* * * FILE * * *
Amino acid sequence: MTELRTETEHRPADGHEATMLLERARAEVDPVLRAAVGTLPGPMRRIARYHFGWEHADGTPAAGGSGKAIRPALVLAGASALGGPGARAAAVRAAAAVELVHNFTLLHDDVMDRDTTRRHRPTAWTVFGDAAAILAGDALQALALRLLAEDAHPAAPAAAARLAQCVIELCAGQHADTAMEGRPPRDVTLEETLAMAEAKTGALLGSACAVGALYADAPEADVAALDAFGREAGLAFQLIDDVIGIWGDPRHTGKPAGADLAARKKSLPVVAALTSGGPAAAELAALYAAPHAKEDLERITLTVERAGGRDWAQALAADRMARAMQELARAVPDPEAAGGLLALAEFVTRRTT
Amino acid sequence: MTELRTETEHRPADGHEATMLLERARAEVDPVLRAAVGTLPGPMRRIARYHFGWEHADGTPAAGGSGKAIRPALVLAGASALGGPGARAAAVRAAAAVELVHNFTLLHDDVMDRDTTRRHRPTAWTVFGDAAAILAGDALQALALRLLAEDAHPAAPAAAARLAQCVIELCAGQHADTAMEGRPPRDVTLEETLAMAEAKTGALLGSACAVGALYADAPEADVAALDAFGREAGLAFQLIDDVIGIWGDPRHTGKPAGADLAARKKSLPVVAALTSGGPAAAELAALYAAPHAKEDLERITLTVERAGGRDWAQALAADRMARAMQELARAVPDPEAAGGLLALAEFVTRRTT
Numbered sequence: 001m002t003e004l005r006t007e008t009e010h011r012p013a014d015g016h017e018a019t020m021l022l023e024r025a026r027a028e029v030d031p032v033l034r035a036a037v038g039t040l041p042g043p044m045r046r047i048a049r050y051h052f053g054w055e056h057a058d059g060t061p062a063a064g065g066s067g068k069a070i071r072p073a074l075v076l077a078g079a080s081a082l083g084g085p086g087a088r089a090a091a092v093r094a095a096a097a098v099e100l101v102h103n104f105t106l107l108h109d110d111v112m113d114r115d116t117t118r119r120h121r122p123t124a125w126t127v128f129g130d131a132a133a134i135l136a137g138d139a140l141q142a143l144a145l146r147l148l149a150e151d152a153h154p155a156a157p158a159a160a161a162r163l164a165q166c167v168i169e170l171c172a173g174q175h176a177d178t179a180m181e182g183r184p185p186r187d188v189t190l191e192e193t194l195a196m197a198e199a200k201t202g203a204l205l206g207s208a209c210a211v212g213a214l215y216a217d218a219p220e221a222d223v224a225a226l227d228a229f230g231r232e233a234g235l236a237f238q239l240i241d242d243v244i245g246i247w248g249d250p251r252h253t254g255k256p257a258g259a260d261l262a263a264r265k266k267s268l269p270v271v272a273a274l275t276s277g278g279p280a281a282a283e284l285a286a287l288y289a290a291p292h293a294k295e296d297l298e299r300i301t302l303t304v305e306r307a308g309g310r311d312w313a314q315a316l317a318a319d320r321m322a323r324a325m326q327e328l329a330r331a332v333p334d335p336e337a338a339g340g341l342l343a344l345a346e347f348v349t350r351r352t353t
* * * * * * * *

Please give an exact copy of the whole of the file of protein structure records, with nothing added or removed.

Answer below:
Amino acid sequence: MTELRTETEHRPADGHEATMLLERARAEVDPVLRAAVGTLPGPMRRIARYHFGWEHADGTPAAGGSGKAIRPALVLAGASALGGPGARAAAVRAAAAVELVHNFTLLHDDVMDRDTTRRHRPTAWTVFGDAAAILAGDALQALALRLLAEDAHPAAPAAAARLAQCVIELCAGQHADTAMEGRPPRDVTLEETLAMAEAKTGALLGSACAVGALYADAPEADVAALDAFGREAGLAFQLIDDVIGIWGDPRHTGKPAGADLAARKKSLPVVAALTSGGPAAAELAALYAAPHAKEDLERITLTVERAGGRDWAQALAADRMARAMQELARAVPDPEAAGGLLALAEFVTRRTT
Amino acid sequence: MTELRTETEHRPADGHEATMLLERARAEVDPVLRAAVGTLPGPMRRIARYHFGWEHADGTPAAGGSGKAIRPALVLAGASALGGPGARAAAVRAAAAVELVHNFTLLHDDVMDRDTTRRHRPTAWTVFGDAAAILAGDALQALALRLLAEDAHPAAPAAAARLAQCVIELCAGQHADTAMEGRPPRDVTLEETLAMAEAKTGALLGSACAVGALYADAPEADVAALDAFGREAGLAFQLIDDVIGIWGDPRHTGKPAGADLAARKKSLPVVAALTSGGPAAAELAALYAAPHAKEDLERITLTVERAGGRDWAQALAADRMARAMQELARAVPDPEAAGGLLALAEFVTRRTT
Numbered sequence: 001m002t003e004l005r006t007e008t009e010h011r012p013a014d015g016h017e018a019t020m021l022l023e024r025a026r027a028e029v030d031p032v033l034r035a036a037v038g039t040l041p042g043p044m045r046r047i048a049r050y051h052f053g054w055e056h057a058d059g060t061p062a063a064g065g066s067g068k069a070i071r072p073a074l075v076l077a078g079a080s081a082l083g084g085p086g087a088r089a090a091a092v093r094a095a096a097a098v099e100l101v102h103n104f105t106l107l108h109d110d111v112m113d114r115d116t117t118r119r120h121r122p123t124a125w126t127v128f129g130d131a132a133a134i135l136a137g138d139a140l141q142a143l144a145l146r147l148l149a150e151d152a153h154p155a156a157p158a159a160a161a162r163l164a165q166c167v168i169e170l171c172a173g174q175h176a177d178t179a180m181e182g183r184p185p186r187d188v189t190l191e192e193t194l195a196m197a198e199a200k201t202g203a204l205l206g207s208a209c210a211v212g213a214l215y216a217d218a219p220e221a222d223v224a225a226l227d228a229f230g231r232e233a234g235l236a237f238q239l240i241d242d243v244i245g246i247w248g249d250p251r252h253t254g255k256p257a258g259a260d261l262a263a264r265k266k267s268l269p270v271v272a273a274l275t276s277g278g279p280a281a282a283e284l285a286a287l288y289a290a291p292h293a294k295e296d297l298e299r300i301t302l303t304v305e306r307a308g309g310r311d312w313a314q315a316l317a318a319d320r321m322a323r324a325m326q327e328l329a330r331a332v333p334d335p336e337a338a339g340g341l342l343a344l345a346e347f348v349t350r351r352t353t